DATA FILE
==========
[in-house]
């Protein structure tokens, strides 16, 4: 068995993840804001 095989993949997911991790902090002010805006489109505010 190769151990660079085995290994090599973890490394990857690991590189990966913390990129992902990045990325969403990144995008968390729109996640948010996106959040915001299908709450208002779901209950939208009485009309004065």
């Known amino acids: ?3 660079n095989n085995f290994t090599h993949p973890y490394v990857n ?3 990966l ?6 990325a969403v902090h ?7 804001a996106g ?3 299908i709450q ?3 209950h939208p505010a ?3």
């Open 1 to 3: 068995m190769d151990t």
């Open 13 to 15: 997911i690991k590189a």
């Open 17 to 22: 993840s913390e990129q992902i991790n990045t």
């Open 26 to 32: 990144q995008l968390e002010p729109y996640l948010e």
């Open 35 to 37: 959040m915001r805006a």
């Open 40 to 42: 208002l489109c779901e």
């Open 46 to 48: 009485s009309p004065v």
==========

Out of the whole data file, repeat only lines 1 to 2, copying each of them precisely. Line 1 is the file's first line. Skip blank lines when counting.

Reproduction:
[in-house]
């Protein structure tokens, strides 16, 4: 068995993840804001 095989993949997911991790902090002010805006489109505010 190769151990660079085995290994090599973890490394990857690991590189990966913390990129992902990045990325969403990144995008968390729109996640948010996106959040915001299908709450208002779901209950939208009485009309004065």